LHC Outreach Programs

The LHC Outreach Program seeks to promote an understanding of issues related to the African American community as well as the general issues of race and culture in American society by offering diverse services that help to increase knowledge about black America and race in America. Our audience includes the University community; K-12 teachers and students; community college teachers and students; educational organizations, community groups and the general public as a whole.

Outreach Programs

The Jesse B. Semple Brownbag is an informal forum for the African Americanist community and those who are interested in the general study of race, culture, and American society.  It offers opportunities for visiting scholars, KU faculty, and KU students to present their ongoing research.  The forum discusses activities on campus, historical and current issues related to race, and culture and social relations in America.
For more information and schedule, see the Semple Brownbag page.
Langston Hughes in Memory and Context
This program, created in conjunction with the Kenneth Spencer Research Library’s Kansas Collection, is designed for primary and secondary students.  The students visit the University of Kansas or we send a representative to their school to discuss Langston Hughes and the African American experience in Kansas.
In 1965, President Lyndon Johnson told the nation that it was time to “make good the promise of democracy.” He insisted it was not just African Americans, but “all of us, who must overcome the crippling legacy of bigotry and injustice. And,” he assured his listeners, “we shall overcome.” It is difficult for many Americans today to understand just how astounding it was to hear an American president, a Southerner no less, say those words. The on-going struggle for civil rights in this country has been an intersection of direct-action protest, legal litigation, and government intervention. This seminar will explore the road to Brown v. Board of Education (1954) and the fight for social and political equality in the years before the modern Civil Rights Movement. Participants will learn about this struggle at the Brown v. Board of Education National Park Service site, one of the five locations for the plaintiffs in the Supreme Court decision, and at the Presidential Libraries of both Eisenhower and Truman, who were uniquely involved in the road to Brown. At all of the sites the participants will get a unique opportunity to gather both secondary and primary material to create their lesson plans.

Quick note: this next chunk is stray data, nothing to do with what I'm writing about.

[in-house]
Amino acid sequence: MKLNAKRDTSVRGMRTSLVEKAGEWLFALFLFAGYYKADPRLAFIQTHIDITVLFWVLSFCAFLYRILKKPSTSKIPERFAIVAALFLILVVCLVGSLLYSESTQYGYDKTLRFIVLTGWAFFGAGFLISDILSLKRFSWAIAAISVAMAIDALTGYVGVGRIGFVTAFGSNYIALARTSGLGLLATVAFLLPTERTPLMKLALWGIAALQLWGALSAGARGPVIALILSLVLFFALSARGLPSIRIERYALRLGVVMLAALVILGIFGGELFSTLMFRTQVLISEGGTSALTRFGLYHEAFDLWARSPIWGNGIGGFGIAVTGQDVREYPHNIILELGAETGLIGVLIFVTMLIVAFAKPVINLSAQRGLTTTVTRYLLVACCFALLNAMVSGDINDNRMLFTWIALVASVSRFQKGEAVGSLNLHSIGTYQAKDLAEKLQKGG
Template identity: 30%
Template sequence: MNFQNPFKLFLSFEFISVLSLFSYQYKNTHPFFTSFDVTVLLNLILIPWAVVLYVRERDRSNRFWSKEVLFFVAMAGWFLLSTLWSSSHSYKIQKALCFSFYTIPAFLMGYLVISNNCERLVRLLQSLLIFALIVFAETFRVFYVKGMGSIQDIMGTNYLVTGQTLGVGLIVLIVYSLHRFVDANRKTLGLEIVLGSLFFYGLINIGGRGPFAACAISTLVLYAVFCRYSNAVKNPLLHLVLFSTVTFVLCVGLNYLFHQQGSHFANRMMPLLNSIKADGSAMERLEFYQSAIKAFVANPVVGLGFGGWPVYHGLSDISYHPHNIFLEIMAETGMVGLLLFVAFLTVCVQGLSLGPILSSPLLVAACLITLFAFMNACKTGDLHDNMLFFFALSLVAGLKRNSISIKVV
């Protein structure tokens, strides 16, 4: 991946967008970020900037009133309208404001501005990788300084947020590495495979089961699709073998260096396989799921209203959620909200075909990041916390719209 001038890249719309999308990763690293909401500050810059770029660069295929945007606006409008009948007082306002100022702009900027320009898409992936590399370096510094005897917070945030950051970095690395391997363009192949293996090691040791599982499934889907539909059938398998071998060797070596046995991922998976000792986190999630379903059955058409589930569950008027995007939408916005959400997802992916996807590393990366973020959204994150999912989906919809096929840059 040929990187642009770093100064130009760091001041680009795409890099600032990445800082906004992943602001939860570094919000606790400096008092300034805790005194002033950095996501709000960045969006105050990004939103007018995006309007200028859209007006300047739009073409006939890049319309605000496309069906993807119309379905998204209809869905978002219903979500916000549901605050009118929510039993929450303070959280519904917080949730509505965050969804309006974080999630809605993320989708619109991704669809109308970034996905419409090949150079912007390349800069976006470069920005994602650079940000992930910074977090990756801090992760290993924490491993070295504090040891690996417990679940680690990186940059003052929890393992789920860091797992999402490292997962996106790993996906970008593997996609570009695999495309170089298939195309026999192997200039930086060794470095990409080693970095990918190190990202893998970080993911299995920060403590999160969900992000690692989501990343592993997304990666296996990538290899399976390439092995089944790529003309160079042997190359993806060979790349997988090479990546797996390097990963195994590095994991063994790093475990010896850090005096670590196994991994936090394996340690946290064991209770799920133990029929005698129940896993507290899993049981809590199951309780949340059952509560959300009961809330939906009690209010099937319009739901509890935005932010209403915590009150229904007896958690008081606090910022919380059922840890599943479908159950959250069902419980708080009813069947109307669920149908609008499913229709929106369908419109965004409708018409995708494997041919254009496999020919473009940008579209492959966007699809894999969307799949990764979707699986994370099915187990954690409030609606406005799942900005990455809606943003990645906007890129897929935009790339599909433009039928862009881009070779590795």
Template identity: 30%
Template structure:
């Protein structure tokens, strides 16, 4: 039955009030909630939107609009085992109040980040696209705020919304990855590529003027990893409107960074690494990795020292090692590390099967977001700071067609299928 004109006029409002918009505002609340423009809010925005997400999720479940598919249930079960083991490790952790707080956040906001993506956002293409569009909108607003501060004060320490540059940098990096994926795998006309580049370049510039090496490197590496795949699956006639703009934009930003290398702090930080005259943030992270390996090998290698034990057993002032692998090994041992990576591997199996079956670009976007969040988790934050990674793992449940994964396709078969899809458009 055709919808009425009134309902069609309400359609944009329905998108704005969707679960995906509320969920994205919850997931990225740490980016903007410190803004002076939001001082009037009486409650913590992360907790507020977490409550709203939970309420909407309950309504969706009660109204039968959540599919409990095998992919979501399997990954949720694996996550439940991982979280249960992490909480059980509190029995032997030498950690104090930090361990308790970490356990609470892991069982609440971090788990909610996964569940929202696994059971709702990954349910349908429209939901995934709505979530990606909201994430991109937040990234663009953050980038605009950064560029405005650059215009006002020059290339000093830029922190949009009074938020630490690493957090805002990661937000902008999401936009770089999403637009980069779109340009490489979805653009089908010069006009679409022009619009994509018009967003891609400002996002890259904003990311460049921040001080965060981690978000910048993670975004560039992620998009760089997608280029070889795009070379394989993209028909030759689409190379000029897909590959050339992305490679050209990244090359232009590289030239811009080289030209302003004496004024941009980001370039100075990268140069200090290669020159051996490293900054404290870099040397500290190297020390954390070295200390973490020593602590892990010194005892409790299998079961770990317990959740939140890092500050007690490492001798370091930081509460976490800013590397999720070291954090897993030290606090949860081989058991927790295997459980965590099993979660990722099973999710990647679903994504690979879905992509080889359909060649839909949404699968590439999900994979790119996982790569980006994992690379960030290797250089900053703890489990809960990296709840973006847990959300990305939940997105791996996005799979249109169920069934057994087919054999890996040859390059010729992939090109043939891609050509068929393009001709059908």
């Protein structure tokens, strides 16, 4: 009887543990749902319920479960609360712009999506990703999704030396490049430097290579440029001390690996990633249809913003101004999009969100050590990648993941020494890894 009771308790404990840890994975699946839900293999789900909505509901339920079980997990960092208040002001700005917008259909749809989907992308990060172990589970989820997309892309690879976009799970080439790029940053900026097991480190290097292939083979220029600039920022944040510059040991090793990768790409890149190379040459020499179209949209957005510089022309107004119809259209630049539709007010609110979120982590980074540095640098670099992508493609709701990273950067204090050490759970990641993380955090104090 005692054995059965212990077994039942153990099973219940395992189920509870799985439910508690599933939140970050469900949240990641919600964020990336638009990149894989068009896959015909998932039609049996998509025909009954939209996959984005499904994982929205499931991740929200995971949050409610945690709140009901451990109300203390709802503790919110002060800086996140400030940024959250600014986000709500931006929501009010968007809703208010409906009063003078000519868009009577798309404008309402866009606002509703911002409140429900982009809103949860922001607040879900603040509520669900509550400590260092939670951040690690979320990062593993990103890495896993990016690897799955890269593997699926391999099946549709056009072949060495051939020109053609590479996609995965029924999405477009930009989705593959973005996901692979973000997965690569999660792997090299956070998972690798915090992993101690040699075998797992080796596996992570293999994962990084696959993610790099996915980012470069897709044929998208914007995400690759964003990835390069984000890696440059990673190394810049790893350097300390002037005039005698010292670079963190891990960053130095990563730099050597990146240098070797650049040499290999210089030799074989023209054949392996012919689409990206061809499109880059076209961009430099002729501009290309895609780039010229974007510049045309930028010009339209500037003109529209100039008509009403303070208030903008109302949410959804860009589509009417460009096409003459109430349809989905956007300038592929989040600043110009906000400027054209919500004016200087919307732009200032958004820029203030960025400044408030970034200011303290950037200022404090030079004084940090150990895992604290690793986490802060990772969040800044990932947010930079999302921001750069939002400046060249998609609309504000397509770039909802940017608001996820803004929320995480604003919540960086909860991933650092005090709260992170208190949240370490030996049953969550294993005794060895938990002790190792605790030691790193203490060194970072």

This unique seminar, designed for secondary teachers and community college professors, is a joint effort with the Glilder Lehrman Institute of American History and the LHC.

Fight for Freedom (PDF, archived)

KASC Seminar Series (PDF, archived)


NEH Summer Instittute

National Endowment for the Humanities Grant Recipient

The Langston Hughes Center received a $180,000 grant from the National Endowment for the Humanities to conduct a June 2017 summer institute for high school teachers, entitled "Teaching the 'Long Hot Summer' of 1967 and Beyond."  The project will be led by Shawn Alexander, Clarence Lang, and John Rury. See <http://www.summer67.dept.ku.edu/​>

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Directions and Routes in African American Studies
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Darren Canady, Assistant Professor
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Cécile Accilien, Associate Professor
Department of African and African-American Studies
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